Direct access to the relevant data

DLR researchers analyse and process the data. For example, using the data they were able to demonstrate that air quality had improved globally during the coronavirus pandemic, when the concentration of tropospheric nitrogen dioxide in Europe and Southeast Asia dropped by more than 40 percent. This was attributed to lower economic activity and reduced traffic volume during lockdown. For this purpose, terrabyte evaluated 1.2 trillion individual measurements from the European satellite Sentinel-5P to reach this conclusion.

Rendering from satellite images
DLR researchers analysed 15,000 satellite images spanning 37 years to investigate how the snow lines in the Aosta Valley in northern Italy have changed. Yellow shows the snow deficit in 2022 compared to the long-term average.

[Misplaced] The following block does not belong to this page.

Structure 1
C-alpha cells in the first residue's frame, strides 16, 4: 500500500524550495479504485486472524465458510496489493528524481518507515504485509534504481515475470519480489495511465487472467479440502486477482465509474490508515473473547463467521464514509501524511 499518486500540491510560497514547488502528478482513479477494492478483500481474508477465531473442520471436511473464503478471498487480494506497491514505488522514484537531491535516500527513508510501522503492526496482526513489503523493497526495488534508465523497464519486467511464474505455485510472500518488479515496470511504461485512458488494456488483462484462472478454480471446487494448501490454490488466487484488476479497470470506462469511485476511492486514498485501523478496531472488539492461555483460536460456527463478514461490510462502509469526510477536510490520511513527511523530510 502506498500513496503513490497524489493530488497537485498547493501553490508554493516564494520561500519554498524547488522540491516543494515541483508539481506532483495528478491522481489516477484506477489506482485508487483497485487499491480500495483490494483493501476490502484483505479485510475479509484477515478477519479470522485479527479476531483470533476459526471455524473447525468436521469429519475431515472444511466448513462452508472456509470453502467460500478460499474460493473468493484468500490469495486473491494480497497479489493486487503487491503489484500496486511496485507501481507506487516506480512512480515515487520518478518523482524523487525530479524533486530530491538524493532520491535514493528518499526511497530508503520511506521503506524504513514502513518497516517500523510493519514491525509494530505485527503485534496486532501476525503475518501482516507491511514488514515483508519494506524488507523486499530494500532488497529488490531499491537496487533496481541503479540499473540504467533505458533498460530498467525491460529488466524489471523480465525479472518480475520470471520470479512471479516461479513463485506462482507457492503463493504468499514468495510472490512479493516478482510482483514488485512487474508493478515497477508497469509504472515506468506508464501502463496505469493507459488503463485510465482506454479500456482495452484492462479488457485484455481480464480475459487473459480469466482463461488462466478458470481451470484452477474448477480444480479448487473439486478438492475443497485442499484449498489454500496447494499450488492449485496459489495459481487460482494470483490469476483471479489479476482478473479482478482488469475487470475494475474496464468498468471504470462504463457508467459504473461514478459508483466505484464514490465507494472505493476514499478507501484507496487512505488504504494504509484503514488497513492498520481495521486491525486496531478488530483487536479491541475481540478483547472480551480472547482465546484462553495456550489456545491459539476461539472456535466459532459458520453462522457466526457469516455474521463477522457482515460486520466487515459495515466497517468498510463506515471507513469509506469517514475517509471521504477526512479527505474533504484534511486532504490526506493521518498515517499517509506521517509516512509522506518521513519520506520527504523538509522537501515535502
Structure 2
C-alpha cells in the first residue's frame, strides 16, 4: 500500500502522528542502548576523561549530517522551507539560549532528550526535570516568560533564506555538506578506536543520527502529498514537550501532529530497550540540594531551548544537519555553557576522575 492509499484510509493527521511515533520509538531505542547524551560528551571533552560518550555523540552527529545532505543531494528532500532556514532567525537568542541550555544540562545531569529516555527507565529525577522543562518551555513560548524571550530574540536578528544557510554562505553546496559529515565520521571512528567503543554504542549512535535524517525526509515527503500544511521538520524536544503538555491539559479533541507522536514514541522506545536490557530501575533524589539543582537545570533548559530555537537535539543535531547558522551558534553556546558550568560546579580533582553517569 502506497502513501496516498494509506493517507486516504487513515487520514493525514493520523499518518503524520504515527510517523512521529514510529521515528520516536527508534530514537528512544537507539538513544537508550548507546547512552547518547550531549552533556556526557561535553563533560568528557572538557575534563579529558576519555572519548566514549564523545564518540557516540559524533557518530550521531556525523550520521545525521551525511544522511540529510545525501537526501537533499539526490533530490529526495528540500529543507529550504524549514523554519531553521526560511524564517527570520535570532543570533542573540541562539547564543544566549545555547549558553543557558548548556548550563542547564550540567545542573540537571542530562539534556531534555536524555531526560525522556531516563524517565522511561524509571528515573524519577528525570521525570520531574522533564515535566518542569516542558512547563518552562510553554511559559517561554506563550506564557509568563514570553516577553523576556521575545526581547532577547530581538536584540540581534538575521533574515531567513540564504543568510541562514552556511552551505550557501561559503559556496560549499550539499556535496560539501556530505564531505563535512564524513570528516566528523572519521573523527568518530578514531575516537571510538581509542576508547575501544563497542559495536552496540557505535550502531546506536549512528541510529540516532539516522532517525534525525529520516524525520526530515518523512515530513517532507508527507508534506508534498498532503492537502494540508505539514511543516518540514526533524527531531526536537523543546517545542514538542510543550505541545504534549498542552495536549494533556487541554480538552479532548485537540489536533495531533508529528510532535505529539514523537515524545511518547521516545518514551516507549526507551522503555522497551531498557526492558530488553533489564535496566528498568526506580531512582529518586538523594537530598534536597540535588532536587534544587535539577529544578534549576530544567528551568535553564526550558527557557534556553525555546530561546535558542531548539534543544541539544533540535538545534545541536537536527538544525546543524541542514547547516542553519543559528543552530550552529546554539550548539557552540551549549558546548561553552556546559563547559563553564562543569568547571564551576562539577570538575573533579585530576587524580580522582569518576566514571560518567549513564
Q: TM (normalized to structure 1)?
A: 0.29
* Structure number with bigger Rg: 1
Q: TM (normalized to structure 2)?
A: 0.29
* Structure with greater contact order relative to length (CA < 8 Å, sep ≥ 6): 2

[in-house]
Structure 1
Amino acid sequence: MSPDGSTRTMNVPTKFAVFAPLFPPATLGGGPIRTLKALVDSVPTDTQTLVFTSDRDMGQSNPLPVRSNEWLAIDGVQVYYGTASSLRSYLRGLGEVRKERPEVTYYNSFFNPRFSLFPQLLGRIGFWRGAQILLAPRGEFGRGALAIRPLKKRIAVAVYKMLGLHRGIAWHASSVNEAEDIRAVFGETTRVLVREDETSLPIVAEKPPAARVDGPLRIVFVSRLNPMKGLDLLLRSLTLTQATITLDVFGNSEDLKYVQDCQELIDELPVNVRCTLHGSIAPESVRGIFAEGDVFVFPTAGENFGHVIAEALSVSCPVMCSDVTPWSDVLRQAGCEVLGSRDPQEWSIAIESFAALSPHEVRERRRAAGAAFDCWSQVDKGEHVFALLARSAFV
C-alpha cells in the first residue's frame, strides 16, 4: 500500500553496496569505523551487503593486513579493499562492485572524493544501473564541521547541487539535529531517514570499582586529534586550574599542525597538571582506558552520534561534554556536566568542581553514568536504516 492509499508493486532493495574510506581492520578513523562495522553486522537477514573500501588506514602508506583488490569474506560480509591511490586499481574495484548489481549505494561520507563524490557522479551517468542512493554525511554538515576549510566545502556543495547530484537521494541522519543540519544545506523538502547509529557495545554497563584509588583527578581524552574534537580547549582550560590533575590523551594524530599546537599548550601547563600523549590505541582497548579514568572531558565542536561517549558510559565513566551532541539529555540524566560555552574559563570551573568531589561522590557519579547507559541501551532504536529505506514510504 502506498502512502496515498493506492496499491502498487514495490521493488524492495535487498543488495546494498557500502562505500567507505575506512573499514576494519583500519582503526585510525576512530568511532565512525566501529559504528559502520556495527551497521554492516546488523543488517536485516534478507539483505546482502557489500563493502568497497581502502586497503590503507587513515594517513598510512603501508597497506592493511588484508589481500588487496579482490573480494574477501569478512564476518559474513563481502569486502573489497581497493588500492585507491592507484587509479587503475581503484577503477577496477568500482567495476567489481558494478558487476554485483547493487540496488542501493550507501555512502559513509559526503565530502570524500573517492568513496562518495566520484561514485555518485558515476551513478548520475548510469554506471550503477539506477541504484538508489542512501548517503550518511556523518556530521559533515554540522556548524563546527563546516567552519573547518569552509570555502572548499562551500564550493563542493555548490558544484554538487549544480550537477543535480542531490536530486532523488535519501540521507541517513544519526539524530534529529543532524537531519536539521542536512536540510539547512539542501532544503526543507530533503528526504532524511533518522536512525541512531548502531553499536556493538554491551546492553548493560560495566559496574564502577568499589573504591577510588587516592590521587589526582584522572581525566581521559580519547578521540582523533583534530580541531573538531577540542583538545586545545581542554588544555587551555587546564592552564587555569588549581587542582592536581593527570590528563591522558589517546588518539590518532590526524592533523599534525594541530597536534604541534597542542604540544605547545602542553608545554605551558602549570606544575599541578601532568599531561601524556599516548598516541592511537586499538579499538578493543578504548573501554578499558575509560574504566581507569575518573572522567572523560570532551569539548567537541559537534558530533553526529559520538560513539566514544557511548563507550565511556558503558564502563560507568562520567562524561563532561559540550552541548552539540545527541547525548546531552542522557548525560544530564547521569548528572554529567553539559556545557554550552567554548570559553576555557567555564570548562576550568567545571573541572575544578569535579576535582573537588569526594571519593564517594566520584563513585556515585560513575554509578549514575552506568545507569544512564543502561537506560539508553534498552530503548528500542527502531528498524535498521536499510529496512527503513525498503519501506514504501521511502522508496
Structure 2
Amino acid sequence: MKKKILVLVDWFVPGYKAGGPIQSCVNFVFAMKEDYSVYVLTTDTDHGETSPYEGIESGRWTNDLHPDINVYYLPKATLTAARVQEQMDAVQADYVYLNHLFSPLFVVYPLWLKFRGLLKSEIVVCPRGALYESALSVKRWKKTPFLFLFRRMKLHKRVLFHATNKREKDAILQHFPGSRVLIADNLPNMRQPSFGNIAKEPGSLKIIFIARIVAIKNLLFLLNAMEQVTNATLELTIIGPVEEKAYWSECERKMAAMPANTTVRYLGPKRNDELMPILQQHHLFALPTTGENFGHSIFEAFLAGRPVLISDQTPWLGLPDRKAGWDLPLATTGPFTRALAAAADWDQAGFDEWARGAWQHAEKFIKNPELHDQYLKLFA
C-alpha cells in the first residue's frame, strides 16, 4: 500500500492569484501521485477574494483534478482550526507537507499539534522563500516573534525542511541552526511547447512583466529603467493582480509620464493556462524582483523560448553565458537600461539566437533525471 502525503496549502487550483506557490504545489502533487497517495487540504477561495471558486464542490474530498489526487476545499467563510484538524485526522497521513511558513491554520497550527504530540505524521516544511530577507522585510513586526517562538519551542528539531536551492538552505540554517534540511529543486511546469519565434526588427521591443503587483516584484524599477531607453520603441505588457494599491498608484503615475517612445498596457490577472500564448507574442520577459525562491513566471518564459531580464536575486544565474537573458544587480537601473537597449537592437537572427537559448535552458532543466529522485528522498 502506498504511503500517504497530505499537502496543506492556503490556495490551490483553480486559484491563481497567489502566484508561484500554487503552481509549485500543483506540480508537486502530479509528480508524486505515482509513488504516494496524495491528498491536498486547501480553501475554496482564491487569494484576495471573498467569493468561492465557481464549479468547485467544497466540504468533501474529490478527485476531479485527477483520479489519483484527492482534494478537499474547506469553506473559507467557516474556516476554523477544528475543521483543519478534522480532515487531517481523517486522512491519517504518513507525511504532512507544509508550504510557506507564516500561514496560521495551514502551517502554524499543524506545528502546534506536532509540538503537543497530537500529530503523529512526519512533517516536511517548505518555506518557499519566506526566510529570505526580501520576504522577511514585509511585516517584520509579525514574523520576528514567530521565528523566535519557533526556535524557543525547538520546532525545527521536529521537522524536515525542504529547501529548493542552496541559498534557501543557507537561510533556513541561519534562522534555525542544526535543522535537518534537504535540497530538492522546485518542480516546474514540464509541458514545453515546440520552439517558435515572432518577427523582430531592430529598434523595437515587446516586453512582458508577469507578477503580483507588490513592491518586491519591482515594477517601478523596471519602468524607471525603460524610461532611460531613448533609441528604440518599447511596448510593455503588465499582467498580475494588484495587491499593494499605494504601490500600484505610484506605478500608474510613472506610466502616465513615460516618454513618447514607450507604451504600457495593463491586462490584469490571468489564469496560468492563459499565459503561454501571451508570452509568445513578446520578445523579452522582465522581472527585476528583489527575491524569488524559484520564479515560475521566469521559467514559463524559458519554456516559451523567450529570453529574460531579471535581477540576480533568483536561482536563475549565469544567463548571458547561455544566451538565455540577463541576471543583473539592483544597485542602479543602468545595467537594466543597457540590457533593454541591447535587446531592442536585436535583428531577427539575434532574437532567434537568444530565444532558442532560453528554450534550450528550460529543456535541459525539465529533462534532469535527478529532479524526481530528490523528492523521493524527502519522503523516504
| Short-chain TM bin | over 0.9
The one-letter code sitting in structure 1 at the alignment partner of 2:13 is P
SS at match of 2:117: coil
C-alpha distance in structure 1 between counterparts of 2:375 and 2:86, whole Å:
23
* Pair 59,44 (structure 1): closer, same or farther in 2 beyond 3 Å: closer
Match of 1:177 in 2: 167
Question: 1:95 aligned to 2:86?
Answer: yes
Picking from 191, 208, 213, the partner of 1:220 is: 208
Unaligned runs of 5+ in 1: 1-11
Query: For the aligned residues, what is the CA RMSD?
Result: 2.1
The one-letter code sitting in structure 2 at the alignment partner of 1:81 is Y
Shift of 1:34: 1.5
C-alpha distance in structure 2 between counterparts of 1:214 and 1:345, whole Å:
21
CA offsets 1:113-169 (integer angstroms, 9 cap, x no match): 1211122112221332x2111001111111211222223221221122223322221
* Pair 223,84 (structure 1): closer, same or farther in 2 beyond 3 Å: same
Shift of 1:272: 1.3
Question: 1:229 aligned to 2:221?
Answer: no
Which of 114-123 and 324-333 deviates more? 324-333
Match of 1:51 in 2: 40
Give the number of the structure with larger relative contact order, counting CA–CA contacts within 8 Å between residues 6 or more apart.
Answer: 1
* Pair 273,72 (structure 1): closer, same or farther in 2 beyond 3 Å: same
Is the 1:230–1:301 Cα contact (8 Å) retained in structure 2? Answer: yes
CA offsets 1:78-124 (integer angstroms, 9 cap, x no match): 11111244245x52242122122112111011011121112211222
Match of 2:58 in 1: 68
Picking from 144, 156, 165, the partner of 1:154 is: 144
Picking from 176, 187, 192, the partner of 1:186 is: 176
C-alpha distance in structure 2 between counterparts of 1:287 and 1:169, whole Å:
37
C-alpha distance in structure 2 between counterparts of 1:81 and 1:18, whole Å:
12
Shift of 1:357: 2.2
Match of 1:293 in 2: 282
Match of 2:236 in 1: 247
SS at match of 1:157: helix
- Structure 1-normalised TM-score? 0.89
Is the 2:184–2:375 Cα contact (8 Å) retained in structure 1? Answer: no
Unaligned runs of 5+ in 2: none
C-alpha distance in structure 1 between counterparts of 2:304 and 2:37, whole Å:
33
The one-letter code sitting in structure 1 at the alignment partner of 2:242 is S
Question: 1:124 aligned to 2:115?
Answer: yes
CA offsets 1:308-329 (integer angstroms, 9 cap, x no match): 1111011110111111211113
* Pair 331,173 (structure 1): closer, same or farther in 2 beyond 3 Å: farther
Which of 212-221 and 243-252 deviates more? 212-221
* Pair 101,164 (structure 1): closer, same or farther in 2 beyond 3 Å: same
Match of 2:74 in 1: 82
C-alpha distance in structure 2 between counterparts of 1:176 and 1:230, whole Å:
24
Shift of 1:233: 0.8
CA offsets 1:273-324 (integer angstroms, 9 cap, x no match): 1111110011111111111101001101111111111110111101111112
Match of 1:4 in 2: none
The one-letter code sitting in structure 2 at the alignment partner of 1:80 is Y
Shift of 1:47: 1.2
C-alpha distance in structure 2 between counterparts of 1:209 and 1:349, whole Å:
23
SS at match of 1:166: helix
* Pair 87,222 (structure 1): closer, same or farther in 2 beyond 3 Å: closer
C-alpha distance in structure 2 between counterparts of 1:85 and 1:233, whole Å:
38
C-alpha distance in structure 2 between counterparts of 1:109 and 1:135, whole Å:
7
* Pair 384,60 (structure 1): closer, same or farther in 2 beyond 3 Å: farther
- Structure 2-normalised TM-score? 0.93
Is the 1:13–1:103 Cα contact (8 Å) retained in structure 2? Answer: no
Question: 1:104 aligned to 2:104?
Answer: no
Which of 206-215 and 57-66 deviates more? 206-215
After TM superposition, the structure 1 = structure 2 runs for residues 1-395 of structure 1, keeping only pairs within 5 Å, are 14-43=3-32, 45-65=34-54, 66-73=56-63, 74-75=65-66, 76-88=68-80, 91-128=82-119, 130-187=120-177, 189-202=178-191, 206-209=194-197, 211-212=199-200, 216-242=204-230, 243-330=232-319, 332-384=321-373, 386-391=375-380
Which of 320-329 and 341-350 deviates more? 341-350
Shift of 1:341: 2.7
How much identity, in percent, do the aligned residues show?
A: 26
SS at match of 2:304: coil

Using the high-performance platform, researchers have also been able to map the development of settlements globally with a resolution of up to ten metres for the first time. The DLR researchers evaluated data dating back over 40 years for this purpose. "The end result, the World Settlement Footprint, even shows streets and buildings," says Mattia Marconcini, a terrabyte Developer at the DFD. "It clearly shows how quickly the world's urban centres are expanding and where settlement density is growing."

terrabyte can also provide support in the area of disaster management. The high-precision mapping of flooded areas supports emergency services in the quick and efficient rescue of flood victims. Up-to-date satellite maps can be made available within 45 minutes. To achieve this, terrabyte evaluates radar data completely automatically, including data from the European Sentinel-1 satellite, whose sensors can penetrate dense clouds.